Wife also appeals the portion of the March 8, 2012 order that permitted Husband to withdraw $100, 000 from the Bank of America accounts as an advance in equitable distribution.

Section 3502(f) of the Domestic Relations Code provides:
(f) Partial distribution. The court, upon the request of either party, may at any stage of the proceedings enter an order providing for an interim partial distribution or assignment of marital property.

23 Pa.C.S. § 3502(f).

Here, the trial court exercised its equitable powers by granting Wife's request to prohibit Husband from accessing marital assets. In recognition of the burden this placed on Husband, the court allowed him to take $100, 000 as an advance on equitable distribution.

As the trial court correctly points out, absent a final equitable distribution order, issues of equitable distribution are not properly raised on appeal. Manbeck v. Manbeck, 489 A.2d 748 (Pa. Super. 1985). Accordingly, we will not address Wife's arguments that the trial court abused its discretion or erred as a matter of law in permitting Husband to withdraw $100, 000 as an advance on his equitable distribution award.[1]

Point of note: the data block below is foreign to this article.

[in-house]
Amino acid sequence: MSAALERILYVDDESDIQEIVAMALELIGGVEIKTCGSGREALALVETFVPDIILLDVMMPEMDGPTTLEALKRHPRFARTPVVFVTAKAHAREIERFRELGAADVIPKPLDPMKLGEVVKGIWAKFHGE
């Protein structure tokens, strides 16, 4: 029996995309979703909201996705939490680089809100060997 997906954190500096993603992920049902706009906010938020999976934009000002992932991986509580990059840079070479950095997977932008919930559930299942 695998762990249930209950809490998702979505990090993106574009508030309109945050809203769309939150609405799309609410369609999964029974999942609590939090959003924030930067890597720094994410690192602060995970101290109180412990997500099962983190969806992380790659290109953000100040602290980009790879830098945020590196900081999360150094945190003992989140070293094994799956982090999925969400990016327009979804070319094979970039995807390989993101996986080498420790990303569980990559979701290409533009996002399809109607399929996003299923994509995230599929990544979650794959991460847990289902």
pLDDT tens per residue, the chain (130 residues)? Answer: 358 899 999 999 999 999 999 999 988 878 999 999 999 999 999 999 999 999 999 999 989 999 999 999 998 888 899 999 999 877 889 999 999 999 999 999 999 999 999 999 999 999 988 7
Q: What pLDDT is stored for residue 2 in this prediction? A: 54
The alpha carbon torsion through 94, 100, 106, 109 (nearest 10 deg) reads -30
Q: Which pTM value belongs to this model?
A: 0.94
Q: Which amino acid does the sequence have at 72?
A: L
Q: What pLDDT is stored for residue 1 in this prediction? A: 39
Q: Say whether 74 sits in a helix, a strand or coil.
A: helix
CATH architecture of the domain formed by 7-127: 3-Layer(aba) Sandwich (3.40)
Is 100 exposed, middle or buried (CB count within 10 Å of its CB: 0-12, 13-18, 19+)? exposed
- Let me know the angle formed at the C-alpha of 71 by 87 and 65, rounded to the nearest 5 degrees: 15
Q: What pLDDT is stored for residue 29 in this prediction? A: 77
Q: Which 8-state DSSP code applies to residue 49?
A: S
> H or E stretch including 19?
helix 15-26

In her final issue, Wife argues that the trial court erroneously held that Husband's severance pay was not marital property. She states that "[a]lthough the trial judge's ruling was somewhat cryptic, he appeared to adopt the argument of Husband's counsel that the payment was income, not subject to equitable distribution." Brief of Appellant, at 38.

As an initial matter, nowhere in the order on appeal or in the trial court's opinion in support of the order, is there any reference to whether Husband's severance check is a marital asset. We have reviewed the portion of the hearing transcript where Wife asserts that the trial court made its "somewhat cryptic" ruling. N.T. 2/16/12, at 8-15. We cannot discern that the trial court made any determination as to whether the severance was a marital asset, and accordingly, there is no issue for us to review. Even if the trial court had specifically held that the severance pay was marital property, review of that issue would be premature pursuant to Manbeck, supra.

Appeal quashed; appellee's Motion to Dismiss is denied as moot.